50 Middle Schoolers!
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February 28, 2014 at 9:37 am #35260
I am in my first year of teaching and have inherited a class of 50 middle schoolers (grades 7-8). Managing them has been a real task, especially when most of the cellos are rambunctious boys. I am getting discouraged and was wondering what are some great management techniques that you have to control a large classroom?March 14, 2014 at 9:28 am #35735
Keep them playing as much as you possibly can. Downtime is dangerous. It’s hard to misbehave when you are playing. I have my orchestra play a song while I am taking attendance. It keeps them busy and also helps them learn to listen and stay together since I can’t conduct and take attendance at the same time. Good luck to you!May 23, 2014 at 11:44 am #37336
I’ve had success in similar situations with student conductors – start by training a few very responsible students to lead warm-ups at the beginning of class, then fold some of the more rambunctious boys into your mix of student leaders. Not only is it nice to see these types of students rise to a challenge or leadership role, but they may then realize how difficult and frustrating it can be to try to lead a group when others are talking or off task. Hopefully, this realization will help them to change their own behavior in rehearsals! It can take a little while to get this sort of routine running smoothly, but once you do, it’s really nice to have that 10 minutes or so at the beginning of class to take care of administrative stuff (attendance, checking practice logs, organizing music, etc) while the students rehearse themselves!
Good luck – despite it being a big group to manage, I’m so jealous of your numbers! What a great big group of middle schoolers!October 13, 2014 at 11:06 pm #42045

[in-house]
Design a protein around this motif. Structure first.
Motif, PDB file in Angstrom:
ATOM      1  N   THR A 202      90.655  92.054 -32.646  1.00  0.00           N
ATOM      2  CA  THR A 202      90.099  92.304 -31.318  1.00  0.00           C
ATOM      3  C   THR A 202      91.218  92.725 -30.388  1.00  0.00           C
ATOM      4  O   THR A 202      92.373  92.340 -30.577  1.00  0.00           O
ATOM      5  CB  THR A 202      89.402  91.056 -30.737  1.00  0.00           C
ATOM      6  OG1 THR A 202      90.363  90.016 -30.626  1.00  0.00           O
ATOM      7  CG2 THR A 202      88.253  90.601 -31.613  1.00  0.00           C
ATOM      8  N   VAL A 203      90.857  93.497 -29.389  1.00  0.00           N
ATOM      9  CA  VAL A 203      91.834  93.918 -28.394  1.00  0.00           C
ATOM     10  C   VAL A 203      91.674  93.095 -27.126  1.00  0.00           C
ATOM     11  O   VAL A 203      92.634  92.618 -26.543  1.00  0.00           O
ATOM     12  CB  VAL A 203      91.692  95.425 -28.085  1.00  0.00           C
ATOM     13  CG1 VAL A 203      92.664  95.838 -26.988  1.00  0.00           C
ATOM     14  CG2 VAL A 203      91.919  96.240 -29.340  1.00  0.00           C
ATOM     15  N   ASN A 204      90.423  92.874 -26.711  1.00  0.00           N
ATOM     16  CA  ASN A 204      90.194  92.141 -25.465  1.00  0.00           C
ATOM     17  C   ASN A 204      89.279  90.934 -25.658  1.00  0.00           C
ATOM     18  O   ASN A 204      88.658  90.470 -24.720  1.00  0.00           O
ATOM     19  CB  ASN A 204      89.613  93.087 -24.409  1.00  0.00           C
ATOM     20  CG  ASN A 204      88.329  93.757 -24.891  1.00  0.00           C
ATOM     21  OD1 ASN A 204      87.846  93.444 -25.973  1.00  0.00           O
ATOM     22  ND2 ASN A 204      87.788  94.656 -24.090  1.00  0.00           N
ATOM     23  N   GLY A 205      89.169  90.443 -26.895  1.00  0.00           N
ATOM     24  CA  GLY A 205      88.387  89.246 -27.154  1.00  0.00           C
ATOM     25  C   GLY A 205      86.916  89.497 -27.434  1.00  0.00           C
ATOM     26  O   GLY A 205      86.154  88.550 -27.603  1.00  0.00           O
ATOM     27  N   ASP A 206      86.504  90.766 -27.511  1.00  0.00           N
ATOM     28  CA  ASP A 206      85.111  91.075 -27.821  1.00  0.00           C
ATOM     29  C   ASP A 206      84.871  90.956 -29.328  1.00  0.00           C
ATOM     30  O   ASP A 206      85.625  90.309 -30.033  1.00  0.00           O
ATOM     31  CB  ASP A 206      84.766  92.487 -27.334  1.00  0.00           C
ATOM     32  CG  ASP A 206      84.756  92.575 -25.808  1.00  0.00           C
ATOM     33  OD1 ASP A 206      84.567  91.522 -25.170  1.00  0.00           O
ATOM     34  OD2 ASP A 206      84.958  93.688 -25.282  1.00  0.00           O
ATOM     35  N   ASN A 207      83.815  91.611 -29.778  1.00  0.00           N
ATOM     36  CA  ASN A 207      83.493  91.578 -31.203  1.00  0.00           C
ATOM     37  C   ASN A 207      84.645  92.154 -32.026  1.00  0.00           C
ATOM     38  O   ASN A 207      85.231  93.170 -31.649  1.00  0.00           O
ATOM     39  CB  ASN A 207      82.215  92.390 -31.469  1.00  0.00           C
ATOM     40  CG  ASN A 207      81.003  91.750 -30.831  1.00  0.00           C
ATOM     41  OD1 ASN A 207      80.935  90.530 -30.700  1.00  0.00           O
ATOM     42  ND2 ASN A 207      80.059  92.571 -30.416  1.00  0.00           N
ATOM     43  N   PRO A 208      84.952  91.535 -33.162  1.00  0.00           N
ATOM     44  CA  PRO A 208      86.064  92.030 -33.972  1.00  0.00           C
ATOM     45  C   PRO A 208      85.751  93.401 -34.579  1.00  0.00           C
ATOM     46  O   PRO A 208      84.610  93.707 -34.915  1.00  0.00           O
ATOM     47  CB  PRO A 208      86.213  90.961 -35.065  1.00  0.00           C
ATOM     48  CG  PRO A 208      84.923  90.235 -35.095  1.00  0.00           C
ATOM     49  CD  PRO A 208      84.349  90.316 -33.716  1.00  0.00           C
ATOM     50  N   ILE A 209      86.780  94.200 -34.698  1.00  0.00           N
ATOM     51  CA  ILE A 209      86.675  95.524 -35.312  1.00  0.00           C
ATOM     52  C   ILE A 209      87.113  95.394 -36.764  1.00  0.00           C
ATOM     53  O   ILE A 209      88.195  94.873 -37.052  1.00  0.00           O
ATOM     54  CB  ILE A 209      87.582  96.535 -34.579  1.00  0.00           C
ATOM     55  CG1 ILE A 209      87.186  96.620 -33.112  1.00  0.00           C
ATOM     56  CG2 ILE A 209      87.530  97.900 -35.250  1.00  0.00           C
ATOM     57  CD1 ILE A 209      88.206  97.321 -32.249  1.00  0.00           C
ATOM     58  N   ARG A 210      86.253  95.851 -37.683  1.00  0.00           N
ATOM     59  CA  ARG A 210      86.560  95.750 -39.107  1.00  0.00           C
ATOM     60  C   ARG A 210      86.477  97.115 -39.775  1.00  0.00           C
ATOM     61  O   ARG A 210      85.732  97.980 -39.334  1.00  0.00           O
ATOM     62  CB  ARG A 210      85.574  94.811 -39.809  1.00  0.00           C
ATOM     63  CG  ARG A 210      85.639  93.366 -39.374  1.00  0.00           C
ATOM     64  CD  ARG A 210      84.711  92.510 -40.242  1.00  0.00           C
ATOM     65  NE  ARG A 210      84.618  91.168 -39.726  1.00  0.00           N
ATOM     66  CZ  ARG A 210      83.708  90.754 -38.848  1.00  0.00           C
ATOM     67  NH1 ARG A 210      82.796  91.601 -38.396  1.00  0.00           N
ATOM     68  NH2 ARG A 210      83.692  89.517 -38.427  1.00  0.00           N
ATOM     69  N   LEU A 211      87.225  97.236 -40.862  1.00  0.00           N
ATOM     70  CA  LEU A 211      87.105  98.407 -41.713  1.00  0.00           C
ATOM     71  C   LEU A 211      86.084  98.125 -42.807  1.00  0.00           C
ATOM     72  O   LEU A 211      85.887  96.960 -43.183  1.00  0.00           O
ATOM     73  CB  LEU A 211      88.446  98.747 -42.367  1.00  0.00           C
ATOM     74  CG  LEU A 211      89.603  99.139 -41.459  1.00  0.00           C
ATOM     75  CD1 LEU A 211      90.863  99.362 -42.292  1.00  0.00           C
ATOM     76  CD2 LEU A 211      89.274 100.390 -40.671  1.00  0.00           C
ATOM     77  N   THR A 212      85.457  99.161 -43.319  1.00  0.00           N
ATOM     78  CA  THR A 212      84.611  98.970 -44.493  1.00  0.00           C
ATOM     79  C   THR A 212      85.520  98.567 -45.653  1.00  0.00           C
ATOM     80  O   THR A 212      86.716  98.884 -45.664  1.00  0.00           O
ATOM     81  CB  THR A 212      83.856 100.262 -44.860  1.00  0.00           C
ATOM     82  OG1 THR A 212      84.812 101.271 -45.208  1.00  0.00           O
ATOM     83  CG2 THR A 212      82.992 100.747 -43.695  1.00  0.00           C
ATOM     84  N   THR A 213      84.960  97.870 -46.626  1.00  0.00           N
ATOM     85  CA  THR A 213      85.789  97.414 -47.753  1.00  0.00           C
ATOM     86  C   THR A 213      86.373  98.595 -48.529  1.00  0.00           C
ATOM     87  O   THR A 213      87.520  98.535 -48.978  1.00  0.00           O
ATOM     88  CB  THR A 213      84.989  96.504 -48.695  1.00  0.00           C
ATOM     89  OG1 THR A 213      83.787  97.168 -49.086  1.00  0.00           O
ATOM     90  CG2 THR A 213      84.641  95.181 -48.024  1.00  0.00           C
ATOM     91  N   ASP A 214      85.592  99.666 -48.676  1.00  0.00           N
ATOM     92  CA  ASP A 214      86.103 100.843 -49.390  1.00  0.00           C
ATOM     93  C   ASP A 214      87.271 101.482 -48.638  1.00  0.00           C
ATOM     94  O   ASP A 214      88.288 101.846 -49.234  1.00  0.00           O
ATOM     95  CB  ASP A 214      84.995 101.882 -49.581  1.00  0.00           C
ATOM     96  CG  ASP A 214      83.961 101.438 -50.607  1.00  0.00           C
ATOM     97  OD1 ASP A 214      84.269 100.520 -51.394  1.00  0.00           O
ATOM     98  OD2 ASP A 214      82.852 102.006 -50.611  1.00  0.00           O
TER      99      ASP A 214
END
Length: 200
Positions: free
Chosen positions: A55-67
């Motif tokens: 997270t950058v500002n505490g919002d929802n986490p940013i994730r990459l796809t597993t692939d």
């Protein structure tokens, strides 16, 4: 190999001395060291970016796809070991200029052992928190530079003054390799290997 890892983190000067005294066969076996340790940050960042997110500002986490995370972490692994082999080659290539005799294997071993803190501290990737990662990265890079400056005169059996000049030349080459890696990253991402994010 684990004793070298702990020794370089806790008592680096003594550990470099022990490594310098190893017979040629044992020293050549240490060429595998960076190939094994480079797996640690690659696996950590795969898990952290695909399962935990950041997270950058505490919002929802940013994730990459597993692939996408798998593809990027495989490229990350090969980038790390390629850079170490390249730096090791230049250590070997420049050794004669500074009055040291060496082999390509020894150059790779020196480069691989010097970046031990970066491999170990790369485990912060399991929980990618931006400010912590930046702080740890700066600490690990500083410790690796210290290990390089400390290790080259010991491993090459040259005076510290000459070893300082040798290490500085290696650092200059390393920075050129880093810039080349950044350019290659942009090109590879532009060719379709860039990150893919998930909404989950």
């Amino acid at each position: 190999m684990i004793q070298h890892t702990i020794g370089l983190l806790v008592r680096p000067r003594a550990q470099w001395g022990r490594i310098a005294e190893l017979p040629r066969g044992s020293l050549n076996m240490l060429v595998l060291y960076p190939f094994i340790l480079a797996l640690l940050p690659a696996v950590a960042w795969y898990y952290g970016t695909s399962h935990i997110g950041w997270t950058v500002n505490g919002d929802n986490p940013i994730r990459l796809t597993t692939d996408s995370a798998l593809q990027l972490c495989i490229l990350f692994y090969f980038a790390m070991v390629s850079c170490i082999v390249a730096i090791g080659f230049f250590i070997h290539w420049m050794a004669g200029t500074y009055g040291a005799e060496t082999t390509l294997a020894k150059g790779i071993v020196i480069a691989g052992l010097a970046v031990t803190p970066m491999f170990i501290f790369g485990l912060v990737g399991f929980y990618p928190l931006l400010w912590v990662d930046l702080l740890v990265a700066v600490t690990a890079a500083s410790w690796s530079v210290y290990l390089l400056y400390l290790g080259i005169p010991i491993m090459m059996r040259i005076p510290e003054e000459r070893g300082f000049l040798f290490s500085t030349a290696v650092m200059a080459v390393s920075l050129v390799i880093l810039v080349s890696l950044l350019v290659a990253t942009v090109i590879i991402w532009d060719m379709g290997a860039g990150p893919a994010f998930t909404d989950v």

I am currently in my senior year of college and I am getting the opportunity to observe a 6th, 7th, and 8th grade orchestra once a week (each class having over 40 students). They are the most disciplined classrooms I have ever observed! The teacher has established the routine of being in your seats, tuning with a tuner, then moving on to the “vibrato exercise” immediately in this sequence when the bell rings for class. The students follow the sequence and occasionally need a reminder that they should not be talking and working on their exercise.
The “vibrato exercise” is when students practice the hand motions of vibrato silently until the teacher gives further instructions. This is a great way to get the classroom quiet and focused on their vibrato fundamentals. This exercise can easily get transferred over to your repertoire that you are working on in rehearsal. This technique can provide good classroom management for the start of class. There are always those students that need help tuning at the start of class, and this exercise gives you the opportunity to assist those students while everyone is quietly working. (Also, you can take attendance in peace!)
Another aspect that I noticed about this teacher was he made it clear from day one of classes that when he is on the podium there is no talking. Some days there are slight problems with talking but the teacher simply has to point to the “Expectation Poster” and students immediately stop talking!
I wish you the best of luck!October 21, 2014 at 9:40 pm #42218
In interviewing my old band teacher he gave me a bit of advice that i think you should take into consideration. He told me that if you remember one thing it should be when you first start a job you must be strict. This lets your students know that you won’t mess around. After the first year or so the students will realize that you mean business and that you can relax your atmosphere a bit.
To me this means make sure the students know that you are not afraid to make them face consequences. Of course warn them but then give them the detention or whatever form of discipline you feel fit. The students will respond quickly if they think “oh I really can get in trouble” rather than feeling like you are a push-over and they do not need to listen.
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